From the archives:
By Randal C. Archibold
The New York Times
A man with a relative's body found last year in Acapulco, now Mexico's second most violent city.
The Mexican drug war that has largely been defined by violence along the border is intensifying in interior and southern areas once thought clear of the carnage, broadening a conflict that has already overwhelmed the authorities and dispirited the public, according to analysts and new government data.
Last week, two headless bodies were found in a smoldering minivan near the entrance to one of the largest and most expensive malls in Mexico City, generally considered a refuge from the grisly atrocities that have gripped other cities throughout the drug war.
Two other cities considered safe just six months ago — Guadalajara and Veracruz — have experienced their own episodes of brutality: 26 bodies were left in the heart of Guadalajara late last year, on the eve of Latin America’s most prestigious book fair, and last month the entire police force in Veracruz was dismissed after state officials determined that it was too corrupt to patrol a city where 35 bodies were dumped on a road in September.
The spreading violence, believed to largely reflect a widening turf war between two of the biggest criminal organizations in the country, has implications on both sides of the border, putting added pressure on political and law enforcement leaders who are already struggling to show that their strategies are working.
“It is a situation ever more complicated and complex,” said Ricardo Ravelo, a Mexican journalist who has written several books on criminal organizations. “Resources are and will be stretched to deal with this.”
American officials here acknowledge that the mayhem is unpredictable but contend that they have a way to help tackle it, spreading word that the $1.6 billion Merida Initiative, Washington’s signature antidrug program, will step up training and advising for the Mexican state and local police and judicial institutions this year, rather than emphasizing the delivery of helicopters and other equipment.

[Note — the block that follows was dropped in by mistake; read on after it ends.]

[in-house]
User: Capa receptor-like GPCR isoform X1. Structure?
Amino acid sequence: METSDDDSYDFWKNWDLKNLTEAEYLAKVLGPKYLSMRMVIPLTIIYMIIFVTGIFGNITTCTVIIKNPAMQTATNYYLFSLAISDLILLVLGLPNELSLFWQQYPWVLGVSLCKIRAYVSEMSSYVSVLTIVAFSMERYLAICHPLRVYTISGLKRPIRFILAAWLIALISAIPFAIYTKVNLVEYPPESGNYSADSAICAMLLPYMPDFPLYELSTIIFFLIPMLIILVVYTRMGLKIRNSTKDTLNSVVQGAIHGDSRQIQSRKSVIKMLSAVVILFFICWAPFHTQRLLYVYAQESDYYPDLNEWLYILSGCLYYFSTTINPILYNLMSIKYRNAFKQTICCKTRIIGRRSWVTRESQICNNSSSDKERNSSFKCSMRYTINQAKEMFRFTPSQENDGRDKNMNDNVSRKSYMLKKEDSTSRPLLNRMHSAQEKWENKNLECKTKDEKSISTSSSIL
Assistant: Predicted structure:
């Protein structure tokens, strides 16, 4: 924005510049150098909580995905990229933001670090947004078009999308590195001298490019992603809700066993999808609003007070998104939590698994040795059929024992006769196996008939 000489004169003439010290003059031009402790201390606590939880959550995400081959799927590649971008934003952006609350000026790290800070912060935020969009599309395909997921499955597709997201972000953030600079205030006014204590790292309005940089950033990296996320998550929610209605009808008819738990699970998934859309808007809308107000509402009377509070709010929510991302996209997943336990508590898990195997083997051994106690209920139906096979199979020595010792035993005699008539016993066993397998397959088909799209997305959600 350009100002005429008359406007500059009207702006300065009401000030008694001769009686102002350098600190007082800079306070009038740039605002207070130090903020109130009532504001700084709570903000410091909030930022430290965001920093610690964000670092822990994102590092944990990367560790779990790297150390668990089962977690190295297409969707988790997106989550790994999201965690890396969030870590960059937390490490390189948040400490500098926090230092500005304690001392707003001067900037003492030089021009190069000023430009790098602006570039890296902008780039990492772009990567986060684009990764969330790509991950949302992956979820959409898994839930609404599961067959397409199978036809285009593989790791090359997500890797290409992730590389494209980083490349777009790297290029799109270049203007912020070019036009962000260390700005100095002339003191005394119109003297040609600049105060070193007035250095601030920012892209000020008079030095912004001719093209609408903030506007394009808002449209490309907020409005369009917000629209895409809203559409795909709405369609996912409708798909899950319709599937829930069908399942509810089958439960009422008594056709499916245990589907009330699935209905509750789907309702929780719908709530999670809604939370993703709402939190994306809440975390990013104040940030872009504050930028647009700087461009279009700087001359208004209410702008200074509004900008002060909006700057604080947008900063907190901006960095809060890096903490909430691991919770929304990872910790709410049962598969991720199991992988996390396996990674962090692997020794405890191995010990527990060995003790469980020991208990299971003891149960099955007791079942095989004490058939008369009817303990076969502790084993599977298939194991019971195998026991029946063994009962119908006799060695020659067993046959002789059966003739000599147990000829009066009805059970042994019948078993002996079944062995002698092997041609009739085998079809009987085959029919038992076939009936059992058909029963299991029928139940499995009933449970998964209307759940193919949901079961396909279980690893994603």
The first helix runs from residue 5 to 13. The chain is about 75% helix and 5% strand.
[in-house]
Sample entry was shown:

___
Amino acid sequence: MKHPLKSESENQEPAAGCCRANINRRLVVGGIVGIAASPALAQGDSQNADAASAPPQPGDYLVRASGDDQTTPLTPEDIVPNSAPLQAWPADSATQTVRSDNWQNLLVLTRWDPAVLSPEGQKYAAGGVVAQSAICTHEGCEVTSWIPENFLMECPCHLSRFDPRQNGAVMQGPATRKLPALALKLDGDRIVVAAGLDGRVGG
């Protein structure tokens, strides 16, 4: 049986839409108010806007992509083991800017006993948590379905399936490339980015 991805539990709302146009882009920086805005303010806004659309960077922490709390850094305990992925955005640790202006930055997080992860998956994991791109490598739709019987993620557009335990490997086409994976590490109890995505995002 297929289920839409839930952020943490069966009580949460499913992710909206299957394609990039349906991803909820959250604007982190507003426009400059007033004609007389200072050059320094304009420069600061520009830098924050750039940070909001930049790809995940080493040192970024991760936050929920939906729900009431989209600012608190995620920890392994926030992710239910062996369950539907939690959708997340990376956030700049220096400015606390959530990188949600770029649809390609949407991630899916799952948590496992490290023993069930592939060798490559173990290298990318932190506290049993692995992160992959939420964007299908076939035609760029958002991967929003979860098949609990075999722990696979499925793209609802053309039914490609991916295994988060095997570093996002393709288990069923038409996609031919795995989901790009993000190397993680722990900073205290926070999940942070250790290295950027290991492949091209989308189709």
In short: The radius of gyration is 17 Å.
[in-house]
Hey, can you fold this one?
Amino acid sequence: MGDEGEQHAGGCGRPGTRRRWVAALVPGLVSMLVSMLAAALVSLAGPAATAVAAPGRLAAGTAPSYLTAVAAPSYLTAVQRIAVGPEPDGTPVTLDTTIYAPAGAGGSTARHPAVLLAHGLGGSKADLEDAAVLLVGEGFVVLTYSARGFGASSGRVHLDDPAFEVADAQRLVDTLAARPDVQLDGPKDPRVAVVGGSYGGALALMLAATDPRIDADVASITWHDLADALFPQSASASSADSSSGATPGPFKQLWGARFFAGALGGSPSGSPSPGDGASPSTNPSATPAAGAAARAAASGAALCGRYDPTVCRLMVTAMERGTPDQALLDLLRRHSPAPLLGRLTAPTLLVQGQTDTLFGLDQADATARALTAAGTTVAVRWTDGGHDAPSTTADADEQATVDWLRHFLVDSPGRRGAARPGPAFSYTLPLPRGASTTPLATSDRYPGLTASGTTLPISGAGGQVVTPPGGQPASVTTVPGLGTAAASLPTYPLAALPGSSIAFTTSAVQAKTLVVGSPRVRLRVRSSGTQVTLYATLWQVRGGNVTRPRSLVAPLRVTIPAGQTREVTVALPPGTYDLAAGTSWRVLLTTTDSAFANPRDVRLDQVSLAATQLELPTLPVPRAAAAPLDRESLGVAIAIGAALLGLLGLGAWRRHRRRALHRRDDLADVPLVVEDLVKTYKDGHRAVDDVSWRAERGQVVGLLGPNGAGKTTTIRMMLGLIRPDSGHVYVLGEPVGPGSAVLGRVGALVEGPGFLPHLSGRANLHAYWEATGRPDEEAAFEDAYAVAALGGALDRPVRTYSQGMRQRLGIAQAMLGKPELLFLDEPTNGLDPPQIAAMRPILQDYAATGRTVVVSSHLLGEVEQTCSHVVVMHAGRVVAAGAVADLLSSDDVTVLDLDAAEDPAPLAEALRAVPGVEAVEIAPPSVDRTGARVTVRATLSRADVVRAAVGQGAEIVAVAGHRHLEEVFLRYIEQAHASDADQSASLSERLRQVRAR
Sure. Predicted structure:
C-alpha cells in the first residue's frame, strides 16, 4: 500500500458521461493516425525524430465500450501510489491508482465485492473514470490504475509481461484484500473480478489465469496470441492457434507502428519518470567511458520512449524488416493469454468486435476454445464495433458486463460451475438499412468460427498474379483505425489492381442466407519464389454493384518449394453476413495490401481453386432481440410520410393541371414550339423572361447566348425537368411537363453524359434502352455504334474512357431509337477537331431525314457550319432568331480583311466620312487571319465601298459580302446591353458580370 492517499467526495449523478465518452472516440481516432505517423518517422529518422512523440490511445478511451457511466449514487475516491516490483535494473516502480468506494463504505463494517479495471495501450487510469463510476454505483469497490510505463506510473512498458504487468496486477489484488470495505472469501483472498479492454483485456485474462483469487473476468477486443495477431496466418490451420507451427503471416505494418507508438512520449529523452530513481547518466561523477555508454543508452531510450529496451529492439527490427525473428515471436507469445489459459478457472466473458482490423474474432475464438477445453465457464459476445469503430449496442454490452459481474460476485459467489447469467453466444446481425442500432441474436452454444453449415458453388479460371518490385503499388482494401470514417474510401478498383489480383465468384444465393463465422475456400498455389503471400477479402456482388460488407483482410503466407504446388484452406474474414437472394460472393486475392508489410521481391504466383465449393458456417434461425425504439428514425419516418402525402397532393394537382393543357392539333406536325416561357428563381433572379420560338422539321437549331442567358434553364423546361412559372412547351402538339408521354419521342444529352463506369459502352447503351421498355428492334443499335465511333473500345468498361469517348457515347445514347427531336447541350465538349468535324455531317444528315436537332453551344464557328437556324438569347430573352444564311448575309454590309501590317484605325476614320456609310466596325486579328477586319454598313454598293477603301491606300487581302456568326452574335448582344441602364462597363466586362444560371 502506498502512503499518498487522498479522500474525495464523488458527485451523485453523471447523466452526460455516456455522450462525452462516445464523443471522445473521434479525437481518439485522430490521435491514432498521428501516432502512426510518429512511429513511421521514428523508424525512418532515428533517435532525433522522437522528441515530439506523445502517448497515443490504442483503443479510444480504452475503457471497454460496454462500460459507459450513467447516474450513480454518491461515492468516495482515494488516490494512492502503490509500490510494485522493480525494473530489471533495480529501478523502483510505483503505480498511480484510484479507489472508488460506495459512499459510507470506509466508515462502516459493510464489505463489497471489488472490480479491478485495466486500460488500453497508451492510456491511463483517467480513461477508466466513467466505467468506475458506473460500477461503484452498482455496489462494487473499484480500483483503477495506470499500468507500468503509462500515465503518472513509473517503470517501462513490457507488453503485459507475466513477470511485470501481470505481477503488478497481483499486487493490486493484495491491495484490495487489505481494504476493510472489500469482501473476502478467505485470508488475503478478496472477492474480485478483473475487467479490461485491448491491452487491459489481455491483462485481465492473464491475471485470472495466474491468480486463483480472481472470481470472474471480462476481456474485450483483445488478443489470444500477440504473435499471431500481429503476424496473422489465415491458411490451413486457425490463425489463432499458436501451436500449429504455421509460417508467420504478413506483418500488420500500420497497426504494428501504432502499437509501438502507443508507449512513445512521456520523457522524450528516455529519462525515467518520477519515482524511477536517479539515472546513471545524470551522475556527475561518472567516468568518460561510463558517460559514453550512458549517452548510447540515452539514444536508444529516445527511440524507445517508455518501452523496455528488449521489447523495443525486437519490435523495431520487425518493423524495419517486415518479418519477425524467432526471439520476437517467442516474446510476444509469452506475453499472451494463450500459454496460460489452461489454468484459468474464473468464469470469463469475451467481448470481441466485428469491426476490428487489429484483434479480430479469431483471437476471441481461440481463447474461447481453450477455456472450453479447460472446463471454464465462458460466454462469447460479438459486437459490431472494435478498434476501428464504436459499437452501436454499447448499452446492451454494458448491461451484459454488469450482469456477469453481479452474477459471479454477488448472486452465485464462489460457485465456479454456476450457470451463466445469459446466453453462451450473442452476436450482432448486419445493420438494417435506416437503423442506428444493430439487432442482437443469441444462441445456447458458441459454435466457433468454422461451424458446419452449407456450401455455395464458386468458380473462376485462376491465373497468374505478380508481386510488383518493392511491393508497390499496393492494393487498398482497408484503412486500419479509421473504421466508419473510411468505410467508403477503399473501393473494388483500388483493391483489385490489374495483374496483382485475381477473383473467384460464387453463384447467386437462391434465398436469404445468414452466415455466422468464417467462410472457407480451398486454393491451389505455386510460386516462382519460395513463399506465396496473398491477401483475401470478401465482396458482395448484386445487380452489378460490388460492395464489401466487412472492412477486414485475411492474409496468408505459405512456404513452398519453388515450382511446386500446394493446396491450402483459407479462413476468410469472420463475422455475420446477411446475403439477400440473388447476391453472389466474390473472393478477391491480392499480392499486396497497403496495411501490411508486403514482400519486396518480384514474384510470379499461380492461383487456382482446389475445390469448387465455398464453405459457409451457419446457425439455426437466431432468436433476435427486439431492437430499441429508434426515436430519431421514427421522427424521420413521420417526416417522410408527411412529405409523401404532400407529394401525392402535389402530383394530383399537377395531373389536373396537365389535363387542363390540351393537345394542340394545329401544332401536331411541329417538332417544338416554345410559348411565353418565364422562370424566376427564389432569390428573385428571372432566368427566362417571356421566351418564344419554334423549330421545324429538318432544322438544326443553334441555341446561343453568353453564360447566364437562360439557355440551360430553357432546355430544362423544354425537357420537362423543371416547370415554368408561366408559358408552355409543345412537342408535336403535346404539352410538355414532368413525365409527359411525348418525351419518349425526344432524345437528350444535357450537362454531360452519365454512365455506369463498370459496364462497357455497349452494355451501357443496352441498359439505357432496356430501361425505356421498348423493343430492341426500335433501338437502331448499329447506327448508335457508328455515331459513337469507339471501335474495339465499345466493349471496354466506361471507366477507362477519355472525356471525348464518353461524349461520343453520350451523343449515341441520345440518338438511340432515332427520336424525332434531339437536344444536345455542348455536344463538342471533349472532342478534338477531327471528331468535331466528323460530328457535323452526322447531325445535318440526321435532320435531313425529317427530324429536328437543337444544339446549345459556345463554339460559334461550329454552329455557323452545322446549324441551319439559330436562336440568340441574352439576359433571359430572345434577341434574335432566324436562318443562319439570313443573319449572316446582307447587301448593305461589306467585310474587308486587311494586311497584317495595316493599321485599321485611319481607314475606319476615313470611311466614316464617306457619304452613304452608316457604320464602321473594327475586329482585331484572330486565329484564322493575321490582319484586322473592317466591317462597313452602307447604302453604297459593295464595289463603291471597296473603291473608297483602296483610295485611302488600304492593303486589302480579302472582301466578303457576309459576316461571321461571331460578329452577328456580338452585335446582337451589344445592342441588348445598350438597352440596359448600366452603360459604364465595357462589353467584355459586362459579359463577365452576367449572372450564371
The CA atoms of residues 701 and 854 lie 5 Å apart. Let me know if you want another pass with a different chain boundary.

In a year in which President Felipe Calderón’s party, in power since 2000, may struggle to hang on to the presidency in July elections, the expanding violence is giving political rivals, all promising a more peaceful country, much to run on.
Discerning patterns of violence in the drug war can be perilous; it is often like a tornado skipping across terrain, devastating one area while leaving another untouched.
A forensic worker photographed bodies found last week in a vehicle in Mexico City. Carpeting, in foreground, covered two heads.
But government statistics released last week showed a surge in deaths presumed to be related to drug or organized crime in Mexico State, which surrounds the capital and is the nation’s most populous state, in the first nine months of last year. The government data also show that violence has now afflicted 831 communities nationwide, an increase of 7 percent.
Although questions have emerged about the government’s tally, many analysts agree that the violence is widening.
“There has been a definite shift of violence away from the border and back to the interior states,” said David A. Shirk, director of the Trans-Border Institute at the University of San Diego, who closely tracks drug crime.
In a way, he said, the shift is a stark reversal of the trend of six years ago, when violence exploded in more southerly states and migrated north along drug-trafficking routes, accelerating a drug war that has now left more than 47,000 people dead, according to the government.